28. Thank you, I’m a single mom of 3 girls, two of which are gifted and talented and are 13 and 11. My house is constant chaos since the 13 year old cant stand the sound of doors closes, chewing, whistling, or anything for that matter and the 11 year old cant stand anyone disrupting her while shes talking but will talk for hours before finally getting to the point. Im sure the youngest is soon going to be headed that direction too. Im always worried that I’m not being a good mom for them and beating myself up for their father who is a drug addict and has been out of our lives for 8 years. Im desperate as you can probably tell from my writing but at the same time a cry with joy knowing I became a mom at age 15 but my daughters are smart, and nice girls and I know they will be something in this world.

    Liked by 1 person

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  31. Hi. We have a 16 year old (“going 25”). She is gifted to the extreme, and very sensitive and emotional. I loved your article. It’s good to know we are not the only family going through tough education. We started therapy twice, finding out that our second therapist is on the right page. It changed our lives when we were all ready to quit on each other. We had therapy for two years, and my daughter had an amazing response (although it was really difficult at the beginning).
    To our surprise, we did it have to change her behavior (which is what you always try to do as a parent), but changed ours.
    We are healthier, happier and learning something new every day.

    Liked by 1 person

  32. Hello! My son will be four this month. I’m still not sure if he’s gifted or just has a phenomenal visual memory. He started reading before 2, before he started speaking. He just recently started communicating, and his pragmatic language seems underdeveloped. He is generally very reserved and introverted, but has a major meltdown everyday to school. It starts with tears at home, and I have to carry him all the way to class kicking and screaming. I don’t know why he hates school so much, and it is a very trying experience. He is very sensitive (will shut down the laptop when Littlefoot’s mother dies or Nemo gets separated from his dad). He has never thrown tantrums before and the school thing has me worried. He is the youngest in his class. I know they are doing concepts way below his level, but I don’t know where to place him as socially/emotionally he is still just a three year old. We don’t really have schools for accelerated learners here.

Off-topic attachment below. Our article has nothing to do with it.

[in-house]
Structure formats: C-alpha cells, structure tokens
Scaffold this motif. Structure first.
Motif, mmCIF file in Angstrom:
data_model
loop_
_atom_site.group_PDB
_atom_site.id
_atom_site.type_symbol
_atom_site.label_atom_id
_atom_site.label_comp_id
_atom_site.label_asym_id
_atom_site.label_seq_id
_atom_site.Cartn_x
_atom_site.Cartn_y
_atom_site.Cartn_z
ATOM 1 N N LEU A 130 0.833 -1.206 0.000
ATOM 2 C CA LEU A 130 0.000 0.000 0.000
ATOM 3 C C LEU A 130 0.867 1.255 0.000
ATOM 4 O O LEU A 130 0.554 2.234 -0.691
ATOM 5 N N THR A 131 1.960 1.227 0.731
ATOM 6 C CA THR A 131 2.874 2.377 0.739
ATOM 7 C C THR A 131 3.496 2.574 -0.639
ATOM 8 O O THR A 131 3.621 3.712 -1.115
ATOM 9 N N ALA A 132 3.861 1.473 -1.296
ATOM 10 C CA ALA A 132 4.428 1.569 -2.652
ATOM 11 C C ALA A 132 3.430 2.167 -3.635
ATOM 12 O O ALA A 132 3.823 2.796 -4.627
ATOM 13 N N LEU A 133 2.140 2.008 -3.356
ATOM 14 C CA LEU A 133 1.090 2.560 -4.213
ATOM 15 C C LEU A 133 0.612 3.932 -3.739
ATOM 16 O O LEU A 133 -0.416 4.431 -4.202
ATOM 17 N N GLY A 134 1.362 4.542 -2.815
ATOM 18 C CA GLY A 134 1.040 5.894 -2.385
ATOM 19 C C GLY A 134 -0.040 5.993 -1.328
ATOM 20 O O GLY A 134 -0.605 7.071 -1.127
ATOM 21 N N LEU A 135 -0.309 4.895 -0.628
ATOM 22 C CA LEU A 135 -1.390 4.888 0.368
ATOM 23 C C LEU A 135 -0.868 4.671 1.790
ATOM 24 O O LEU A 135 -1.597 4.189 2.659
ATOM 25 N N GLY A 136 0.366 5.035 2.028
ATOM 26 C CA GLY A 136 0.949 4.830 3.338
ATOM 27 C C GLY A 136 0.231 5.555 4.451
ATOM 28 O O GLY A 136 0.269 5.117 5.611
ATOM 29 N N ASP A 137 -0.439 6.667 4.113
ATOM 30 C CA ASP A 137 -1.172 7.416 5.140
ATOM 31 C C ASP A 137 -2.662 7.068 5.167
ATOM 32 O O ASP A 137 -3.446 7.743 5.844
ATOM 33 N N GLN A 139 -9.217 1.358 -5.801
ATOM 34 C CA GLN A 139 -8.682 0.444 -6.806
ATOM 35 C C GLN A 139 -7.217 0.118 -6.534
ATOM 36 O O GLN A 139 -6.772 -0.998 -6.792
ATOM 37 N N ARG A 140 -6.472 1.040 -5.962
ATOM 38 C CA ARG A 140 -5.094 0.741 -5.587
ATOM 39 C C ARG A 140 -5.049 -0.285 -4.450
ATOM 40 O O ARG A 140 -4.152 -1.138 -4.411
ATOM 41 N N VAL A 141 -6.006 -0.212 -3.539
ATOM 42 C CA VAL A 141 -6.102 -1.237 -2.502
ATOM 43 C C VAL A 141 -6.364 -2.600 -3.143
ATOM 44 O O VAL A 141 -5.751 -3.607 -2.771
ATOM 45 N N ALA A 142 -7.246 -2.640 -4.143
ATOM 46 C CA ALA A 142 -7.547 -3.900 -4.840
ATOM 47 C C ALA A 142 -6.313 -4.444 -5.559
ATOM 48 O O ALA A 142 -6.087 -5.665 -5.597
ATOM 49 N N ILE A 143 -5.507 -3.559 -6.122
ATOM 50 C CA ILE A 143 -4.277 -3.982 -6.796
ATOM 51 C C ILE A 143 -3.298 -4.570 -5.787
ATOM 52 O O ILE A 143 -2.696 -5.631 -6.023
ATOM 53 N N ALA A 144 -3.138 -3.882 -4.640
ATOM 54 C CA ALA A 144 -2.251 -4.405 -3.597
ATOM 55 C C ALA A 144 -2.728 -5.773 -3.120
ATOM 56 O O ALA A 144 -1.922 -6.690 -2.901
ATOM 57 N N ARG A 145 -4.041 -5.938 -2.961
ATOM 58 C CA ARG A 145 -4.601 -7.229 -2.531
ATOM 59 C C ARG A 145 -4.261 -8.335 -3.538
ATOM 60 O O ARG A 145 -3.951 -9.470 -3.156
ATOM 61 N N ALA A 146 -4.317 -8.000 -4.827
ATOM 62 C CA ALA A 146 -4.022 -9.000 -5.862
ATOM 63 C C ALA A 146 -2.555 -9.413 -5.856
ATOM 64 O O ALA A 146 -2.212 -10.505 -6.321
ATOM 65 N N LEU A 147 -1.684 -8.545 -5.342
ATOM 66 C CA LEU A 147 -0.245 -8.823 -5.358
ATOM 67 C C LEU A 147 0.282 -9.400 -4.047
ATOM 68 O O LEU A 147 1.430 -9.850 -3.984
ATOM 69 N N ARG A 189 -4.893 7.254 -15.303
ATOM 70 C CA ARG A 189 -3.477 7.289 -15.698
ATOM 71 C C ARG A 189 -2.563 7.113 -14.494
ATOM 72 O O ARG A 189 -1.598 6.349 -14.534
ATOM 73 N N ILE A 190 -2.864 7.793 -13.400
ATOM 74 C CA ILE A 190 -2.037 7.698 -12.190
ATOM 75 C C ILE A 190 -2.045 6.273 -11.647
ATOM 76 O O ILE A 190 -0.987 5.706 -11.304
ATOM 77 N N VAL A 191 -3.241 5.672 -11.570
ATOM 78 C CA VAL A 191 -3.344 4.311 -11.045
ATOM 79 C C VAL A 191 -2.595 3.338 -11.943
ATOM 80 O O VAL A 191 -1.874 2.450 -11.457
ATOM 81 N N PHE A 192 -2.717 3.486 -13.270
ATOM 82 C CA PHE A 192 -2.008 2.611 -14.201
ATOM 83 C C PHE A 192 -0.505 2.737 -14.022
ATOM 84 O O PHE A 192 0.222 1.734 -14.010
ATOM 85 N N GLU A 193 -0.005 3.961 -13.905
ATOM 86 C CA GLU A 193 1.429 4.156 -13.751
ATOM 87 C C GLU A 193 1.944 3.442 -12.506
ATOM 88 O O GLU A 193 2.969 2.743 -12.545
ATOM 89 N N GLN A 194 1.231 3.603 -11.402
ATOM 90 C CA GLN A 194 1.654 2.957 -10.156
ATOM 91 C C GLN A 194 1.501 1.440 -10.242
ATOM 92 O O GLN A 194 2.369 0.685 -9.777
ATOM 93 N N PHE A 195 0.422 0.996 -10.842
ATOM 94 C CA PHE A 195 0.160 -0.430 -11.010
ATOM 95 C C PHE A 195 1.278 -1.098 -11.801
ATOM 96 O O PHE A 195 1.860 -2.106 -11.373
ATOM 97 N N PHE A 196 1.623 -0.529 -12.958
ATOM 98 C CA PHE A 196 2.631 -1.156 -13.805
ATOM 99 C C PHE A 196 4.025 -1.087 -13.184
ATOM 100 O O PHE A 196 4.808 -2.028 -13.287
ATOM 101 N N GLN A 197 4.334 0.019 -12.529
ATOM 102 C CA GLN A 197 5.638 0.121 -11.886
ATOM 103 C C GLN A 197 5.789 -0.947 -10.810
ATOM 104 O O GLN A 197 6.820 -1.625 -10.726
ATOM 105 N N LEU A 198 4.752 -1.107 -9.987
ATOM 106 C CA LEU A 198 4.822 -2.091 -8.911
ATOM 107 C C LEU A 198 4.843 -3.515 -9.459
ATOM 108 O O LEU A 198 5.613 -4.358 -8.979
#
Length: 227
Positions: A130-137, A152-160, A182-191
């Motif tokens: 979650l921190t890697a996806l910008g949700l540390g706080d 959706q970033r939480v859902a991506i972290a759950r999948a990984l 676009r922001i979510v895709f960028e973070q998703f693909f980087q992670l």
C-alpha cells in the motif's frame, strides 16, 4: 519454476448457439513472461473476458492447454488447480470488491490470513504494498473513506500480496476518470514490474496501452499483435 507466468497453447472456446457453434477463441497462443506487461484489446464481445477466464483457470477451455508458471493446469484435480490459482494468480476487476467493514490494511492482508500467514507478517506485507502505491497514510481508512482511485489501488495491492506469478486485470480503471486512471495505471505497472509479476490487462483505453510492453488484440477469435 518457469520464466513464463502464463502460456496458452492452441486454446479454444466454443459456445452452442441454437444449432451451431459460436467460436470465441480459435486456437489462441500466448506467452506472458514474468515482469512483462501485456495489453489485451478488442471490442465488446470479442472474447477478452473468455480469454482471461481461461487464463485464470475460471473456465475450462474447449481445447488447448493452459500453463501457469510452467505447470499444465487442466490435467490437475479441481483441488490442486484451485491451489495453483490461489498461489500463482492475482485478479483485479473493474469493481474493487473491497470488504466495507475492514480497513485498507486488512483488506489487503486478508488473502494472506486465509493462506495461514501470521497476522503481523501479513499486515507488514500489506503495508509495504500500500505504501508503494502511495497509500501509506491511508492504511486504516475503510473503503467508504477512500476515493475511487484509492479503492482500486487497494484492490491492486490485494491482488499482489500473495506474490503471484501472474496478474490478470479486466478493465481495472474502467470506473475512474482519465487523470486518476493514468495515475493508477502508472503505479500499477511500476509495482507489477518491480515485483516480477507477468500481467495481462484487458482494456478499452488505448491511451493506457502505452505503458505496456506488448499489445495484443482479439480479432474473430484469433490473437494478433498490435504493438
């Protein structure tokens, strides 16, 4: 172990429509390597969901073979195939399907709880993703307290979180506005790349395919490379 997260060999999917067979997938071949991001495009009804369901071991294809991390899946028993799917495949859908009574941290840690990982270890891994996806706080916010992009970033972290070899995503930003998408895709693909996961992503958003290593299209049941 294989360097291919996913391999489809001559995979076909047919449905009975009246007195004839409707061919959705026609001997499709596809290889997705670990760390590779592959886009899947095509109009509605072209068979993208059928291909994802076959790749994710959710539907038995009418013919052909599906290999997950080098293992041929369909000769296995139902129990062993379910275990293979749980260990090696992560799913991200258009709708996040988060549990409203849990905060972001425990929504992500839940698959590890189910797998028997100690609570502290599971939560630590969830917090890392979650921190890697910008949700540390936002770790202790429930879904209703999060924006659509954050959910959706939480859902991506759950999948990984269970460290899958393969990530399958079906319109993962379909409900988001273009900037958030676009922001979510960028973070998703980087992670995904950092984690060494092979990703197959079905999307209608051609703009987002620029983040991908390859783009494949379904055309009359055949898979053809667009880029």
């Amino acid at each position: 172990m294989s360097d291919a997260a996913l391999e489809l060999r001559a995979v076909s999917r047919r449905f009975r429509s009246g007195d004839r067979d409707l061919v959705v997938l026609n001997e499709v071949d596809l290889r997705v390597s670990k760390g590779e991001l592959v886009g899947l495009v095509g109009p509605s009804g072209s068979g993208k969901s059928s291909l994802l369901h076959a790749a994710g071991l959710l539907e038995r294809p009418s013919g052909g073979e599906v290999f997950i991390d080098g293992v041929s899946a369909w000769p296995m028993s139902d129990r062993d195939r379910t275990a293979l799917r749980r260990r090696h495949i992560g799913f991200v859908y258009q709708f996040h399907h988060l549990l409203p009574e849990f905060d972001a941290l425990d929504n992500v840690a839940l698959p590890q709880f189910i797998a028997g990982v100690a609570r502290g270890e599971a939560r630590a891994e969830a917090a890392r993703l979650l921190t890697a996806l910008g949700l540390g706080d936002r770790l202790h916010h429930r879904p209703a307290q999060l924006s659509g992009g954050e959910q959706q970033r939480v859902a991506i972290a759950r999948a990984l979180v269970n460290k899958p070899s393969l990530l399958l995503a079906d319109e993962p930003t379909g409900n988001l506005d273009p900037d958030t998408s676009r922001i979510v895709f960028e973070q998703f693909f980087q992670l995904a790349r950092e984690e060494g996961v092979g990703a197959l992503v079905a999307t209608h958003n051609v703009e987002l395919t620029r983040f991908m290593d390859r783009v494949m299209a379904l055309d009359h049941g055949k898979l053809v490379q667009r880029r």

Liked by 1 person

    • Your son sounds like he certainly has some of the rainforest-minded traits. It would be good to explore what it is about school that upsets him so much–if he’s there all day and bored all day, that could be part of it. Being highly sensitive can also make school difficult. There are some great blogs by parents of gifted kids at http://www.hoagiesgifted.org and http://www.giftedhomeschoolers.org. Sometimes gifted kids are twice-exceptional. You can read more about that on the blogs. I hope that helps. Thanks for sharing.

      Liked by 1 person

  33. Thank you for this post. My 12 yr old daughter is like this. It’s hard at times but I am trying to help and encourage her.

    Liked by 1 person

  34. My biggest problem is that our oldest son and I are equally intense and emotional, and I find it challenging to try to stay calm throughout the whole day to deal with him. I want to help him learn to contain his emotions and control his behaviour, but it feels like I have nothing left for myself! I am left feeling drained at the end of the day and I sometimes dread getting home at the end of a work day. 😦

    Liked by 1 person

    • I’m sure other parents will relate to what you’re saying here Raz. If you also have a rainforest mind and are highly sensitive and emotional, you can get easily triggered by your son’s reactivity. It sounds like it’ll be important for you to find ways to nourish yourself so that you do have the energy left to stay calm and help him. Not easy if you work all day outside the home. The techniques you use to soothe yourself, can be the same ones you teach him. You can learn together?? Self-care is important for all parents and kids!!

      Liked by 1 person

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  38. HI Paula. Thanks for this beautiful and re-assuring article. I think my 6 year old is gifted. He spells everything mentioned here. He has a fantastic long term memory, great observation and is a fantastic child. He, however, needs action and there isn’t provision for that in a traditional classroom. I hope I can help him sail through and align academics with action.

    Liked by 1 person